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Thread: Computer glitch strands hundreds of fruit pickers at U.S.: Mexico border

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  1. #1
    Senior Member JohnDoe2's Avatar
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    Computer glitch strands hundreds of fruit pickers at U.S.: Mexico border

    Tue Jun 23, 2015 2:01am EDT

    Computer glitch strands hundreds of fruit pickers at U.S.: Mexico border

    SAN DIEGO | BY MARTY GRAHAM


    Hundreds of Mexican farm workers have been stranded for two weeks along the U.S. border after a government computer failure left them unable to obtain visas sought for them by Washington state cherry growers, officials said on Monday.

    In the meantime, agricultural officials said, cherry crops have been spoiling in the trees because the orchards lack enough workers to pick them.


    Since a State Department database crashed on June 9, U.S. Customs and Border Protection has managed to process fewer than half the applications it has received seeking H-2A visas for temporary farm employment.


    The visas have been granted to about 1,250 workers who had previously obtained them, but 1,500 first-time applicants cannot yet get the documents because of the computer failure, according to State Department spokeswoman Julia Straker.


    Among those waiting are more than 550 would-be workers sponsored by the Washington Farm Labor Association, a nonprofit group that represents growers.


    Many have been stuck in Tijuana, across the Mexican border from San Diego, waiting for their visas to come through so they can proceed to jobs waiting for them in the cherry orchards, said Roxana Macias, program manager for the labor group.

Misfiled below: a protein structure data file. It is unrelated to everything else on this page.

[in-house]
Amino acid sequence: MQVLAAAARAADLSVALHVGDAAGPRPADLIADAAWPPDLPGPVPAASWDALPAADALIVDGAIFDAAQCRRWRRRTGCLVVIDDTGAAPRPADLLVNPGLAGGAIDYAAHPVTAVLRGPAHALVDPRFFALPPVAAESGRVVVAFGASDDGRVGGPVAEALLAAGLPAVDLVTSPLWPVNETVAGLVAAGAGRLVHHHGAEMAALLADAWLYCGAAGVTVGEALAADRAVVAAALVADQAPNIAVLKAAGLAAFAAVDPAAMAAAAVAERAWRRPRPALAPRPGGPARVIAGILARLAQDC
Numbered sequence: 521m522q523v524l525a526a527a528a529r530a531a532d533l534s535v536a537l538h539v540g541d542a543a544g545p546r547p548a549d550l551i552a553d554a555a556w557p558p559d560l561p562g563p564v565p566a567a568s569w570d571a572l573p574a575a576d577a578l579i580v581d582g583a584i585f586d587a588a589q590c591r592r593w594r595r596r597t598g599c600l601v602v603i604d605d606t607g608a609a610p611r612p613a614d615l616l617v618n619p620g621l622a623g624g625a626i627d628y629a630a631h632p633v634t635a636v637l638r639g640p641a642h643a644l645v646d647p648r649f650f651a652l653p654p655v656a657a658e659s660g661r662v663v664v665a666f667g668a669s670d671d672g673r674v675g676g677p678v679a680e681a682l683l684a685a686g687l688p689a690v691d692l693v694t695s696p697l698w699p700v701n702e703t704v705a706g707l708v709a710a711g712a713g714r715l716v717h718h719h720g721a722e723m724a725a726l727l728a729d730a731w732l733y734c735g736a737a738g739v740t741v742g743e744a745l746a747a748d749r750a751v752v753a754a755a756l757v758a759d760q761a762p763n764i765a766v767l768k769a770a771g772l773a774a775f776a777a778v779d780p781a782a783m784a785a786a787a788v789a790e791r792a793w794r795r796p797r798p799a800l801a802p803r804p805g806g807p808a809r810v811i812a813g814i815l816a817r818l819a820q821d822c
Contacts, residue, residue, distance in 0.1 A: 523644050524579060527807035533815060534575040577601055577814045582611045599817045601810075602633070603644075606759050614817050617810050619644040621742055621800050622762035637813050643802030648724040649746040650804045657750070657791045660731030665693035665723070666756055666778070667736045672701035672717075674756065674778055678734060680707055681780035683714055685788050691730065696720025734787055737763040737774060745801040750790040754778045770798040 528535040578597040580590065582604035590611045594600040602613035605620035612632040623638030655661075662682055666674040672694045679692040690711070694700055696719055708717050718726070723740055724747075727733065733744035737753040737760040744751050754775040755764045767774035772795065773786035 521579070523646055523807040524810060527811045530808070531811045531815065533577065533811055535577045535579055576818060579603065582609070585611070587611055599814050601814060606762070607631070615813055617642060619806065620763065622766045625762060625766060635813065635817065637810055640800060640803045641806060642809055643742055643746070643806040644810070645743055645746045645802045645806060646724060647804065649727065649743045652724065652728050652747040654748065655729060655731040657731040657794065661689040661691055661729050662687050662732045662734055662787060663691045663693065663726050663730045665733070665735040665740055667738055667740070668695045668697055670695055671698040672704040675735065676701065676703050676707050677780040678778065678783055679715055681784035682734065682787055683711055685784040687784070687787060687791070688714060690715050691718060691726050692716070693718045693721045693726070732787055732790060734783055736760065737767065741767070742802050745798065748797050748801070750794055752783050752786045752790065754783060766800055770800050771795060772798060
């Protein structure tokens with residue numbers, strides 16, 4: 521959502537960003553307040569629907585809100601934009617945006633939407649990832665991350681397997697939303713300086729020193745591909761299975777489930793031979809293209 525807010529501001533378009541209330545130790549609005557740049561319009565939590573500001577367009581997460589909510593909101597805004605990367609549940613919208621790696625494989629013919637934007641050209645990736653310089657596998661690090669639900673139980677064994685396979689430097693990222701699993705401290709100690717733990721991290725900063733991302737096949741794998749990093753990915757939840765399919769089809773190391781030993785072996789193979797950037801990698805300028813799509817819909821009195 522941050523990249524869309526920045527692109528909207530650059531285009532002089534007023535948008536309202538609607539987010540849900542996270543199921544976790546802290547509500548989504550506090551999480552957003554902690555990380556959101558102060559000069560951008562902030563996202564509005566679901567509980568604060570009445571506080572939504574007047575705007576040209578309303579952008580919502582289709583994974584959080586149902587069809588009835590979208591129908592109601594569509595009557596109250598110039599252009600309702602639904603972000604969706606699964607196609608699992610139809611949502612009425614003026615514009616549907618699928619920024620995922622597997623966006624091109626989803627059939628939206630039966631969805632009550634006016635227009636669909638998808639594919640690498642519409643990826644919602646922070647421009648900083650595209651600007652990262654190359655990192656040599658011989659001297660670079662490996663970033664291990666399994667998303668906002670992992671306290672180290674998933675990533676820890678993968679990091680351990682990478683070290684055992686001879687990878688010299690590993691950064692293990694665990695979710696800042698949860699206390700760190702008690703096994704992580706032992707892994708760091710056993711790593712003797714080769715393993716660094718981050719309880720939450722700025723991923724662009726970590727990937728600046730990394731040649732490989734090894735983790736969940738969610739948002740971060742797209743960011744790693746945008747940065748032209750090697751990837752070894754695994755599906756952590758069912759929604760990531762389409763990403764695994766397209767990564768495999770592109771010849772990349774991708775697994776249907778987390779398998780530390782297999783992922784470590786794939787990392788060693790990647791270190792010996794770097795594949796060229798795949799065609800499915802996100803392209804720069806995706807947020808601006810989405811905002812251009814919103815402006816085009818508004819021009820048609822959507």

Time was running out for the cherry crop, she said.


    “Cherries are timely; if you don’t get them in the 10- to 14-day window when they’re ready to harvest, they become mush,” Macias said.


    Washington is the single largest producer of sweet cherries in the United States, generating $385 million in revenue in 2013, according to the Washington State Department of Agriculture.


    Many of the workers who come to harvest cherries stay to harvest blueberries, the next crop to ripen, labor association director Dan Fazio said.


    “Our farmers are all in for the guest worker program, but the government isn’t,” Fazio said. “We have a lot of cherries that are ruined and it looks like a lot of blueberries are going to be lost.”


    The association paid $1,500 per worker for the visas, and has spent more than $100,000 to provide housing and food for the workers in Mexico, legal services and other efforts to get the workers in Tijuana to the crops in Washington, Fazio said.


    “I don’t know if this damages the entire Washington sweet cherry crop,” Fazio said. “But I know that I have growers whose entire crop is wiped out.”

    http://www.reuters.com/article/2015/...0P30EZ20150623
    Last edited by JohnDoe2; 06-23-2015 at 03:03 PM.
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  2. #2
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    Are'nt computers grand!?

    Put his story alongside the China hacking, and Obamacare introduction, would there be anything left of government pride? Why would there be?

  3. #3
    Senior Member JohnDoe2's Avatar
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    Situation eases for stranded farmworkers at U.S.-Mexico border

    June 24th, 2015

    An industry source has confirmed the situation at the U.S.-Mexico border with guest farmworkers who had been stranded due to a computer glitch has now improved, with many now having crossed into the U.S.